The chain rule can be generalized to functions with more than two components, but the basic idea is always the same: to take the derivative of a composite function, you need to take the derivative of each individual function and then multiply them all together.

Partial differentiation can also be used when taking derivatives with respect to more than one variable. However, it’s important to remember that this rule is only useful with functions that are composed of other functions - if a function is not composed of other functions, then the chain rule is not that useful at all. So, if you ever come across a function that you’re not sure how to differentiate, make sure to check whether or not it’s composed of other functions before trying using the chain rule.

Partial differentiation simply means taking the derivative with respect to one variable while holding all other variables constant. For example, consider the function \(f(x,y) = x^2 + y^2\). The partial derivative of this function with respect to x is 2x, and the partial derivative with respect to y is 2y. This means that as we move across the graph of this function, it is increasing at a rate of 2x in the direction of x and at a rate of 2y in the direction of y.

The gradient vector is simply a vector that contains all partial derivatives of a given function. So, for our example function \(f(x,y) = x^2 + y^2\), the gradient vector would be \(\langle2x, 2y\rangle\). This vector can be thought of as a ``directional derivative” because it tells us which way the function is increasing and by how much. The magnitude of the gradient vector tells us how steeply the function is increasing (i.e., how steeply it is “pointing” in a particular direction), and the direction tells us which way it is pointing.

There are many applications for partial derivatives and gradient vectors in physics and engineering. One common application is finding local maxima and minima (i.e., points where the derivative is zero).

Another common application is optimization; for example, finding the shortest path between two points or minimizing fuel consumption in a car engine. Partial derivatives and gradient vectors also play a central role in Newton’s Method for solving differential equations numerically.

In short, partial derivatives and gradient vectors are essential tools for anyone who wants to understand how functions change as their inputs vary.

Differentiation is all about finding rates of change. And in the world of partial differential equations, we’re usually interested in rates of change with respect to more than one variable. Enter the tangent plane and the normal line.

The tangent plane to a surface at a point is the plane that just barely touches the surface at that point. It’s like if you took a really thin piece of paper and tried to flatten it out on the surface. The normal line is the line that is perpendicular to the tangent plane at the point of contact.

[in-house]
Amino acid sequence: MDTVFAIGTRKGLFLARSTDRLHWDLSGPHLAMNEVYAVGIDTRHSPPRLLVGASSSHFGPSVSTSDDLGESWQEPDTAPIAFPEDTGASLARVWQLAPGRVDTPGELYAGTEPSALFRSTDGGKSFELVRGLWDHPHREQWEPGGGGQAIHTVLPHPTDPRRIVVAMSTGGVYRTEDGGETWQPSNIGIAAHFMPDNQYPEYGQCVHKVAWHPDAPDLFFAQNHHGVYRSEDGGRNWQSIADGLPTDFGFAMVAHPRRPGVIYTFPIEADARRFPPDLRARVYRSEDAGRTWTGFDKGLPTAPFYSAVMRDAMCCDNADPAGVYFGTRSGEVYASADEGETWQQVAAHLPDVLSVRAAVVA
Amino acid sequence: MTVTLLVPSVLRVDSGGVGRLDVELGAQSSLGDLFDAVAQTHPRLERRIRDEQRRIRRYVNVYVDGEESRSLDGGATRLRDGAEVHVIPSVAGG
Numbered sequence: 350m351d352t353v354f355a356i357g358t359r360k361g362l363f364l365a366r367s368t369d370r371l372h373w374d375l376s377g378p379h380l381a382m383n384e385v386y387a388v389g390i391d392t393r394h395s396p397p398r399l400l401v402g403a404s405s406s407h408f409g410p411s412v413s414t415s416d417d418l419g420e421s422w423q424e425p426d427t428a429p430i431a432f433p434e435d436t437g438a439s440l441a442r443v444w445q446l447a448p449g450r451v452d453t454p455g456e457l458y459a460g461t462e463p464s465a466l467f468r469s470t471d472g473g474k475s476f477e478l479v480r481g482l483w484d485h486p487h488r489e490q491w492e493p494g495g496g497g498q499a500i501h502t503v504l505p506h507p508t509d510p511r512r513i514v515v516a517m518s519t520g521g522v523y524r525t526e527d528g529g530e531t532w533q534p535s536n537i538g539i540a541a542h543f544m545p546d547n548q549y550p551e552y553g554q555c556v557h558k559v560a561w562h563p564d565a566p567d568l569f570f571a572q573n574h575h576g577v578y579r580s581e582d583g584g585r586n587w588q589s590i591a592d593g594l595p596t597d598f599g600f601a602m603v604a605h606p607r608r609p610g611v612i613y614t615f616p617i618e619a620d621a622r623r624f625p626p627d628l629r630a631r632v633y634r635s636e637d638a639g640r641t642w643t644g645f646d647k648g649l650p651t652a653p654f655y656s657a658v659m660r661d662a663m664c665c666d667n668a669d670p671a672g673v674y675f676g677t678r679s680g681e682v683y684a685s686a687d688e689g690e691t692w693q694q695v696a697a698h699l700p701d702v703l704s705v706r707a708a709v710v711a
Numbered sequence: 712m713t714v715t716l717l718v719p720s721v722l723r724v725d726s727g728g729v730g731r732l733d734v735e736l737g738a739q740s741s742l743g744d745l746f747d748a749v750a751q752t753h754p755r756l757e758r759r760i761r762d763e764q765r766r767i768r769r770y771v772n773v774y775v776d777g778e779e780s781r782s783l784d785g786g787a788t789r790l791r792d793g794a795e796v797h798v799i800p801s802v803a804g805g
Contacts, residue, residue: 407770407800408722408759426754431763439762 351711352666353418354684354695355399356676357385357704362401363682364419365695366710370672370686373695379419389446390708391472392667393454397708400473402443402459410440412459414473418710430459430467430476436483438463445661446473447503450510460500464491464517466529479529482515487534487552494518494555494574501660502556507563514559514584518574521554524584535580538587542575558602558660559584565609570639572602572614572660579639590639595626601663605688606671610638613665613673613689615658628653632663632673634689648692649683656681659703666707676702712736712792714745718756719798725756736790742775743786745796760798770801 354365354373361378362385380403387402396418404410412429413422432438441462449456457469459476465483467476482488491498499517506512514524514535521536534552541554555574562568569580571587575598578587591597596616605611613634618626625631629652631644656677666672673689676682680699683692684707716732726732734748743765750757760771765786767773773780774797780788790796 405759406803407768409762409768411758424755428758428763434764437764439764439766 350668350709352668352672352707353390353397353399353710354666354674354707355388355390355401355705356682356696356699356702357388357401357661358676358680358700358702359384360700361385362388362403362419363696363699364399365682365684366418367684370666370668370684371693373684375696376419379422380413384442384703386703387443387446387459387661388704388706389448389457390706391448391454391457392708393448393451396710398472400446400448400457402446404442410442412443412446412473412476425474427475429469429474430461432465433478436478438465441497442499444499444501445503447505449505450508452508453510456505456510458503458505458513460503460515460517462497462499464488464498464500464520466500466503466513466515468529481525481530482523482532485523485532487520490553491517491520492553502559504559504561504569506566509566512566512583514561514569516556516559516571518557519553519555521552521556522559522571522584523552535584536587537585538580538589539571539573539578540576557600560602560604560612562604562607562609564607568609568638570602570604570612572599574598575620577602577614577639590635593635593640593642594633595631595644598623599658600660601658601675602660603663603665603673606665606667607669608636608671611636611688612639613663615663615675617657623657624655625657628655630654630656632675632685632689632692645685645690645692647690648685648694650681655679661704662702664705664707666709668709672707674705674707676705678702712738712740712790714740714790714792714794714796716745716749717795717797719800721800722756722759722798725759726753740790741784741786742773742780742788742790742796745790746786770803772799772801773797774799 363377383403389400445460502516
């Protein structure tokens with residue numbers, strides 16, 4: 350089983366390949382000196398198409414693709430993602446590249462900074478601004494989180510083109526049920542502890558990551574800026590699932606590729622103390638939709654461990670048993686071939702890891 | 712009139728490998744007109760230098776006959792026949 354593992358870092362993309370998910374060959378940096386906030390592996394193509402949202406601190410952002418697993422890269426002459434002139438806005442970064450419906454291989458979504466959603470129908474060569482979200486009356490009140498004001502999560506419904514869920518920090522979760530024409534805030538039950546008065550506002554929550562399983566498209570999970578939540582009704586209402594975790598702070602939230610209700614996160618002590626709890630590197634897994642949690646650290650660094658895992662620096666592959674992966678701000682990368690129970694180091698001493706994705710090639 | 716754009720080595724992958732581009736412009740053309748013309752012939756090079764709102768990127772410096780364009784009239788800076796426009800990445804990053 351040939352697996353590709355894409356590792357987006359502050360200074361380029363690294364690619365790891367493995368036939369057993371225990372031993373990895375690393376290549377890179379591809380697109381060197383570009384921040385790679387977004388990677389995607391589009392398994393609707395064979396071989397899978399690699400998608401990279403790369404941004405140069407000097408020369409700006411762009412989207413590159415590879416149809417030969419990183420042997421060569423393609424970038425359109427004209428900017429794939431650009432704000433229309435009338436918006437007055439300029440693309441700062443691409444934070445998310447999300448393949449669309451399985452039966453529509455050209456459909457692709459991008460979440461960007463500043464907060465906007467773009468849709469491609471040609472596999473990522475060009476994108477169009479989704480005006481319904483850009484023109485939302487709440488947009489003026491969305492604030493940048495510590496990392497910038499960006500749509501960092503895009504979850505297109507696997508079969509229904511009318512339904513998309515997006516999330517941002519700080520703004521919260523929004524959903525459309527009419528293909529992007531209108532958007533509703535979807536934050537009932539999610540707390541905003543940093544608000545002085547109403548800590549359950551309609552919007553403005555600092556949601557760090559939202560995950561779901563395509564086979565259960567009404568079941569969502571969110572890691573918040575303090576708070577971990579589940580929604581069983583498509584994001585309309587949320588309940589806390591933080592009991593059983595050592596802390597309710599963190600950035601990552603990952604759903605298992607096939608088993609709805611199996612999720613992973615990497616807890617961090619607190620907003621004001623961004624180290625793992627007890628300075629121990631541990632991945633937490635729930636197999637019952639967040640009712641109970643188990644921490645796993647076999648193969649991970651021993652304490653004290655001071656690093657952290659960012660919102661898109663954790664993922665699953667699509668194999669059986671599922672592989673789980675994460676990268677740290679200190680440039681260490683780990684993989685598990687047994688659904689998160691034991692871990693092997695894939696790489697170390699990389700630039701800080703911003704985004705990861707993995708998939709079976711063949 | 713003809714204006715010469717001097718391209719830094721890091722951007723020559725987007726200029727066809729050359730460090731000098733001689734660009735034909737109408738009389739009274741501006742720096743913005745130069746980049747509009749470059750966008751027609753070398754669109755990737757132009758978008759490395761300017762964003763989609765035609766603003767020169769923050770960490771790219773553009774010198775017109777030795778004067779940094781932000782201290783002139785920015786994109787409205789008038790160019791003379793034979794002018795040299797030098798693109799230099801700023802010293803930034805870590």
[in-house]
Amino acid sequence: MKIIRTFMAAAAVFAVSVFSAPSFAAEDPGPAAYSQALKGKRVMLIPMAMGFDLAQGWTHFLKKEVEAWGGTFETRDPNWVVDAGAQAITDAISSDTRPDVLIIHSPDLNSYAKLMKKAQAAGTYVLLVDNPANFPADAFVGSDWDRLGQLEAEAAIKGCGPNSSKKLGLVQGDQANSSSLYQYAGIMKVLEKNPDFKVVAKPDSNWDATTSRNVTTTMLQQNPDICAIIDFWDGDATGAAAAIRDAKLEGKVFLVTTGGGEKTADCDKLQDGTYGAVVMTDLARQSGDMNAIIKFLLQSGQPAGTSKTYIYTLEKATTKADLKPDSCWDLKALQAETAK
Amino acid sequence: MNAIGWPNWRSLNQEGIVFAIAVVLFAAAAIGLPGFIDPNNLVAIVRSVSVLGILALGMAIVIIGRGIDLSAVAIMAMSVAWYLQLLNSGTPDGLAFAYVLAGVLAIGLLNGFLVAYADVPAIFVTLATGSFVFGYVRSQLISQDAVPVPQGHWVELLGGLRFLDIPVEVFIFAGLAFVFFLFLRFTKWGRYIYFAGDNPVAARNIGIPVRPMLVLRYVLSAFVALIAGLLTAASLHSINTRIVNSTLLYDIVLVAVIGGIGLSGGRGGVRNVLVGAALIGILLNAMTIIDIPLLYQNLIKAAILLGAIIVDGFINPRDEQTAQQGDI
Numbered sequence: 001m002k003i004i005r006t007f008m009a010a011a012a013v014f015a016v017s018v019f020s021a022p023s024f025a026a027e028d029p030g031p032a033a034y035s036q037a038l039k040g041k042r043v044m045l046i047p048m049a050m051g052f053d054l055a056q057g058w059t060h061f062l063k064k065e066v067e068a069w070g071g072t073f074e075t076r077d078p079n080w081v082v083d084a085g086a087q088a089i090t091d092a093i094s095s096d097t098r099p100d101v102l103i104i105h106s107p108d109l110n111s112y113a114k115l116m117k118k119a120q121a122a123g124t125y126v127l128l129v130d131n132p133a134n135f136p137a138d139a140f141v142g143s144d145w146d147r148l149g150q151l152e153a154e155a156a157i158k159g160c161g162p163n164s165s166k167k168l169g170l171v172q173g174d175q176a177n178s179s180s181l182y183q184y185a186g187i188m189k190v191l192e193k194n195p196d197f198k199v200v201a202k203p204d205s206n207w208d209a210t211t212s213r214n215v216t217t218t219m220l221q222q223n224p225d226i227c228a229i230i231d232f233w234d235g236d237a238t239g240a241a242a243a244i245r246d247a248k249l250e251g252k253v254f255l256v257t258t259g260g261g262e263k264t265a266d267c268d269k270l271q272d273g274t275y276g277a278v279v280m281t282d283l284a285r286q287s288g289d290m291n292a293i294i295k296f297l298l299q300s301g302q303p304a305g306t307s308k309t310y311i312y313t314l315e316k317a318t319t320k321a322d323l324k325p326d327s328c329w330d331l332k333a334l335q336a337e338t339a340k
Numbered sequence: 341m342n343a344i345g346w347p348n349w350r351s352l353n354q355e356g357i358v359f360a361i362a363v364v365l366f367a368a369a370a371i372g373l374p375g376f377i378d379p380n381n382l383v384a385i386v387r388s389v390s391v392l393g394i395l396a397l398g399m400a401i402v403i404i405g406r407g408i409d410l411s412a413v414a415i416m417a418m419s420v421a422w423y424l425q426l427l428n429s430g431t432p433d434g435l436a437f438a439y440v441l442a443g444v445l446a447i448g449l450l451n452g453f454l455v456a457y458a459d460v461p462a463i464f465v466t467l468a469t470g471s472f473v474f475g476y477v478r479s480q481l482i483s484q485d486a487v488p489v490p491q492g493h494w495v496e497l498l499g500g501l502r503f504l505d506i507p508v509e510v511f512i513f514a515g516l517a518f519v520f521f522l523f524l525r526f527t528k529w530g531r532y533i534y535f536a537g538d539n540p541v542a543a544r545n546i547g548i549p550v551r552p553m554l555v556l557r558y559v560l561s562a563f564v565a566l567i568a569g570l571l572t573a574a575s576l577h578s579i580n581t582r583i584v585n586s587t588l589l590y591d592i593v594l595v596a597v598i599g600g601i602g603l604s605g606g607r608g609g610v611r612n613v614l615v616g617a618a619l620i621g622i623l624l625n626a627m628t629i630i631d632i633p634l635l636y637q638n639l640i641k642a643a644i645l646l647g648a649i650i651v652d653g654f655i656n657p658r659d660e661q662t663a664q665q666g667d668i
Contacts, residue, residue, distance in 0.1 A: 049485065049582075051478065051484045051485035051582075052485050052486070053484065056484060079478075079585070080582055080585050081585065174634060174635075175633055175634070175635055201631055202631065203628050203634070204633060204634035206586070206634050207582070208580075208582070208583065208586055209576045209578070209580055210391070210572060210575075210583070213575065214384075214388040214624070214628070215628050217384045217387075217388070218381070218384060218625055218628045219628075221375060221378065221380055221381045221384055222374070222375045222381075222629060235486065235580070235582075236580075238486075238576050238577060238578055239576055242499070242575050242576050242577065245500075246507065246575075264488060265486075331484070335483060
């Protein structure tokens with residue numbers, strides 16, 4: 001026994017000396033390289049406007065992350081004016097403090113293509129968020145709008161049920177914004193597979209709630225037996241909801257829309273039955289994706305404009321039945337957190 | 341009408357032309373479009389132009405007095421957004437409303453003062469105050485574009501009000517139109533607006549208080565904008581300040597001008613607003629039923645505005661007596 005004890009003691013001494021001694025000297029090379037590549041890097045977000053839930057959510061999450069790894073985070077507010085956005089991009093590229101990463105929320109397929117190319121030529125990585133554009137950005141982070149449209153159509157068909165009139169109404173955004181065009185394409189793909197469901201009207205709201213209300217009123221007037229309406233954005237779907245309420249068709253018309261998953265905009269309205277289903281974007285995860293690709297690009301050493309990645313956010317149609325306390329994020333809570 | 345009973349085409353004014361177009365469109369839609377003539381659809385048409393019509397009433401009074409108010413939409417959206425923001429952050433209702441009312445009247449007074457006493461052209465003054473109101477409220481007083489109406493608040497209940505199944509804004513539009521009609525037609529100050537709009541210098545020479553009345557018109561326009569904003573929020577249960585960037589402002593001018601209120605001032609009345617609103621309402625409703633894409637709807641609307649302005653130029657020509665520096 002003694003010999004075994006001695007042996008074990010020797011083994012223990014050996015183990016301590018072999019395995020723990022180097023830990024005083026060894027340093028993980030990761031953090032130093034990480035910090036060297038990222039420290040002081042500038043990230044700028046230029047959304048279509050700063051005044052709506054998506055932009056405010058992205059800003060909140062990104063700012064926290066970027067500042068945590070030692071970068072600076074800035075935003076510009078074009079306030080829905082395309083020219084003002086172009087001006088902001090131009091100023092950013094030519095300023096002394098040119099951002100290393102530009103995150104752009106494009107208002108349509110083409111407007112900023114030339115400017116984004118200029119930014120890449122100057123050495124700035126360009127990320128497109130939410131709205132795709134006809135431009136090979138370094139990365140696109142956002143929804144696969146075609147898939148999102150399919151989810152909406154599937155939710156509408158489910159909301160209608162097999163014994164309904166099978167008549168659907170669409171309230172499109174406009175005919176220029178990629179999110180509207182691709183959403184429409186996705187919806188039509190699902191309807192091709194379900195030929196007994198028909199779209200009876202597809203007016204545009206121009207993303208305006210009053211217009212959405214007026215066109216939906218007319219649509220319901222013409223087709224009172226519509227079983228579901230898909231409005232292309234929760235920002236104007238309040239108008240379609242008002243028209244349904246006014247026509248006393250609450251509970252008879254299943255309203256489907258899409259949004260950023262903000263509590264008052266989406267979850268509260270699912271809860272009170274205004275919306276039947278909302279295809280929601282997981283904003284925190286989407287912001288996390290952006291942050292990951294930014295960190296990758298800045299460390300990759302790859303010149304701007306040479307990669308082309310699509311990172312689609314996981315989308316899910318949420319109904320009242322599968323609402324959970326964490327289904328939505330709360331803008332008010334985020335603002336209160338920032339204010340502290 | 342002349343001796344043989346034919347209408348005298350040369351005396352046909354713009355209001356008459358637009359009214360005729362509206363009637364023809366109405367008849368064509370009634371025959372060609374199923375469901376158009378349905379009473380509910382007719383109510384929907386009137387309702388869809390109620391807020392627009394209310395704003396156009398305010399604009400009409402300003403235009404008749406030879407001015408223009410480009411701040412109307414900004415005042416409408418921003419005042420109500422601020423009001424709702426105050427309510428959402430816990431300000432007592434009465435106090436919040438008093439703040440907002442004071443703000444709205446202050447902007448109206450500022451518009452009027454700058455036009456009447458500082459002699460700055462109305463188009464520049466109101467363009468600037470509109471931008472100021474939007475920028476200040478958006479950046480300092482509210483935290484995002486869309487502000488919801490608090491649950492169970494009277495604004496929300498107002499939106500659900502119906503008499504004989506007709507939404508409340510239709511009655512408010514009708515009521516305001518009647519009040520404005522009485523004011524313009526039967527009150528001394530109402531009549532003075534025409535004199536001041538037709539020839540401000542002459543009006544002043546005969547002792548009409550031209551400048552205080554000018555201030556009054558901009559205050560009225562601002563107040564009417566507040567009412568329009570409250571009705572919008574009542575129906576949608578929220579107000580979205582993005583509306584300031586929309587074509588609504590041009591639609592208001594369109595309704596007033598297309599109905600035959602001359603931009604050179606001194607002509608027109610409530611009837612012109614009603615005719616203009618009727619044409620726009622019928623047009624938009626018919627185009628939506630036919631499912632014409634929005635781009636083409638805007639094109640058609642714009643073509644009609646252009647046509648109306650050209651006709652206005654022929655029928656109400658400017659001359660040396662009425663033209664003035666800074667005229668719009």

Partial differentiation is all about taking derivatives with respect to more than one variable, so tangent planes and normal lines are going to be our best friends. We can use them to find rates of change in multiple directions, which will come in handy when we’re trying to solve partial differential equations.

Partial differentiation is a way of finding the extreme values of a function of two variables. In other words, it helps us find the points where the function is at its highest or lowest.

To do this, we take partial derivatives with respect to each of the variables. The partial derivative with respect to x tells us how the function changes as x changes, and the partial derivative with respect to y tells us how the function changes as y changes. If both partial derivatives are positive, then the function is increasing in both variables, and so the point is not an extreme value.

However, if both partial derivatives are negative, then the function is decreasing in both variables, and so the point is an extreme value. If one partial derivative is positive and the other is negative, then the function is stylized and we need to use the second partial derivative test to determine whether the point is an extreme value.

So, partial differentiation can be used to find extreme values of functions of two variables.

What are Lagrange multipliers? In short, they’re a mathematical way of solving optimization problems. But what does that mean, exactly?

Partial differentiation is a powerful tool that allows us to optimize functions subject to constraints. In many cases, the constrained optimization problem can be simplified by introducing Lagrange multipliers. Lagrange multiplier methods are named after Joseph-Louis Lagrange, who first developed the technique in the 18th century.